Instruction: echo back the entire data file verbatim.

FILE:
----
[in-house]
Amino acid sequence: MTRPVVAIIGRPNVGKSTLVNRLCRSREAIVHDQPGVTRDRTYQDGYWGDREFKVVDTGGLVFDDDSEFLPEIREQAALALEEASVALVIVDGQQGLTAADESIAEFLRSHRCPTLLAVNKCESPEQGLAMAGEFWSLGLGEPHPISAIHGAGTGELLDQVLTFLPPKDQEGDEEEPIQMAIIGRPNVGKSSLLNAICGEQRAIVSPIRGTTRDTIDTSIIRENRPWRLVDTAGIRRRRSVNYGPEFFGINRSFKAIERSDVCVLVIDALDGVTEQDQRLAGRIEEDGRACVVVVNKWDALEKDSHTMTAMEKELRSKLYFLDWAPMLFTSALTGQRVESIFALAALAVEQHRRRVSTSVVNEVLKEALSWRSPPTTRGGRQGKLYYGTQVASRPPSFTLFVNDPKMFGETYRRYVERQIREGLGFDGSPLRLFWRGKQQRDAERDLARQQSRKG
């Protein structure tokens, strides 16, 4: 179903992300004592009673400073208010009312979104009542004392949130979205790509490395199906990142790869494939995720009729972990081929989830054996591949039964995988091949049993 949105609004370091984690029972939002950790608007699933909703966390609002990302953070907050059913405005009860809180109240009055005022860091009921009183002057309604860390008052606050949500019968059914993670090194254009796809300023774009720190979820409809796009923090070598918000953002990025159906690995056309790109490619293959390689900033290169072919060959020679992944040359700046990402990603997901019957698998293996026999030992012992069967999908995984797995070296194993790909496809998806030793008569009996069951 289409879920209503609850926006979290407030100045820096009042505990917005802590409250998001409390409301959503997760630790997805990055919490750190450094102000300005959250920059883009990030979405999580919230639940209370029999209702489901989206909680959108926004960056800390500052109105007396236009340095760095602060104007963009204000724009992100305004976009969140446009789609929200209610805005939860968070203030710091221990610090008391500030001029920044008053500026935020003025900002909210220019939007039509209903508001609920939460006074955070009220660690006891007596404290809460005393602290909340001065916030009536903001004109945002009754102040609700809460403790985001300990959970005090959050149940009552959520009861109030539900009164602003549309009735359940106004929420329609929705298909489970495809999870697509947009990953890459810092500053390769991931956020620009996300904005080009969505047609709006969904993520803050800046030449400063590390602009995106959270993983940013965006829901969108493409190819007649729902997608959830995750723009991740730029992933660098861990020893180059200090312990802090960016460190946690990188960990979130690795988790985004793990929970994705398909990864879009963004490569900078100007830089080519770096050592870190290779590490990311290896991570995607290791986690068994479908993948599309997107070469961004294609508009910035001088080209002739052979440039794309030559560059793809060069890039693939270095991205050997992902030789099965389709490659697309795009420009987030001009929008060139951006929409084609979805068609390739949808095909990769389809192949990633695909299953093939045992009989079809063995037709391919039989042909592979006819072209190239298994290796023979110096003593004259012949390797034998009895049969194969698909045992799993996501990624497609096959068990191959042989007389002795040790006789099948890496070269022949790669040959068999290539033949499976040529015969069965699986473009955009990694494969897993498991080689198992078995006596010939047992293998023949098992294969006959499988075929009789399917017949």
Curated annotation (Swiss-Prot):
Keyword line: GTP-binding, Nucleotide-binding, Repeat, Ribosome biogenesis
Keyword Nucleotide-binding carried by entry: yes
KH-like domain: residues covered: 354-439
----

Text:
[in-house]
Amino acid sequence: MTRPVVAIIGRPNVGKSTLVNRLCRSREAIVHDQPGVTRDRTYQDGYWGDREFKVVDTGGLVFDDDSEFLPEIREQAALALEEASVALVIVDGQQGLTAADESIAEFLRSHRCPTLLAVNKCESPEQGLAMAGEFWSLGLGEPHPISAIHGAGTGELLDQVLTFLPPKDQEGDEEEPIQMAIIGRPNVGKSSLLNAICGEQRAIVSPIRGTTRDTIDTSIIRENRPWRLVDTAGIRRRRSVNYGPEFFGINRSFKAIERSDVCVLVIDALDGVTEQDQRLAGRIEEDGRACVVVVNKWDALEKDSHTMTAMEKELRSKLYFLDWAPMLFTSALTGQRVESIFALAALAVEQHRRRVSTSVVNEVLKEALSWRSPPTTRGGRQGKLYYGTQVASRPPSFTLFVNDPKMFGETYRRYVERQIREGLGFDGSPLRLFWRGKQQRDAERDLARQQSRKG
């Protein structure tokens, strides 16, 4: 179903992300004592009673400073208010009312979104009542004392949130979205790509490395199906990142790869494939995720009729972990081929989830054996591949039964995988091949049993 949105609004370091984690029972939002950790608007699933909703966390609002990302953070907050059913405005009860809180109240009055005022860091009921009183002057309604860390008052606050949500019968059914993670090194254009796809300023774009720190979820409809796009923090070598918000953002990025159906690995056309790109490619293959390689900033290169072919060959020679992944040359700046990402990603997901019957698998293996026999030992012992069967999908995984797995070296194993790909496809998806030793008569009996069951 289409879920209503609850926006979290407030100045820096009042505990917005802590409250998001409390409301959503997760630790997805990055919490750190450094102000300005959250920059883009990030979405999580919230639940209370029999209702489901989206909680959108926004960056800390500052109105007396236009340095760095602060104007963009204000724009992100305004976009969140446009789609929200209610805005939860968070203030710091221990610090008391500030001029920044008053500026935020003025900002909210220019939007039509209903508001609920939460006074955070009220660690006891007596404290809460005393602290909340001065916030009536903001004109945002009754102040609700809460403790985001300990959970005090959050149940009552959520009861109030539900009164602003549309009735359940106004929420329609929705298909489970495809999870697509947009990953890459810092500053390769991931956020620009996300904005080009969505047609709006969904993520803050800046030449400063590390602009995106959270993983940013965006829901969108493409190819007649729902997608959830995750723009991740730029992933660098861990020893180059200090312990802090960016460190946690990188960990979130690795988790985004793990929970994705398909990864879009963004490569900078100007830089080519770096050592870190290779590490990311290896991570995607290791986690068994479908993948599309997107070469961004294609508009910035001088080209002739052979440039794309030559560059793809060069890039693939270095991205050997992902030789099965389709490659697309795009420009987030001009929008060139951006929409084609979805068609390739949808095909990769389809192949990633695909299953093939045992009989079809063995037709391919039989042909592979006819072209190239298994290796023979110096003593004259012949390797034998009895049969194969698909045992799993996501990624497609096959068990191959042989007389002795040790006789099948890496070269022949790669040959068999290539033949499976040529015969069965699986473009955009990694494969897993498991080689198992078995006596010939047992293998023949098992294969006959499988075929009789399917017949």
Curated annotation (Swiss-Prot):
Keyword line: GTP-binding, Nucleotide-binding, Repeat, Ribosome biogenesis
Keyword Nucleotide-binding carried by entry: yes
KH-like domain: residues covered: 354-439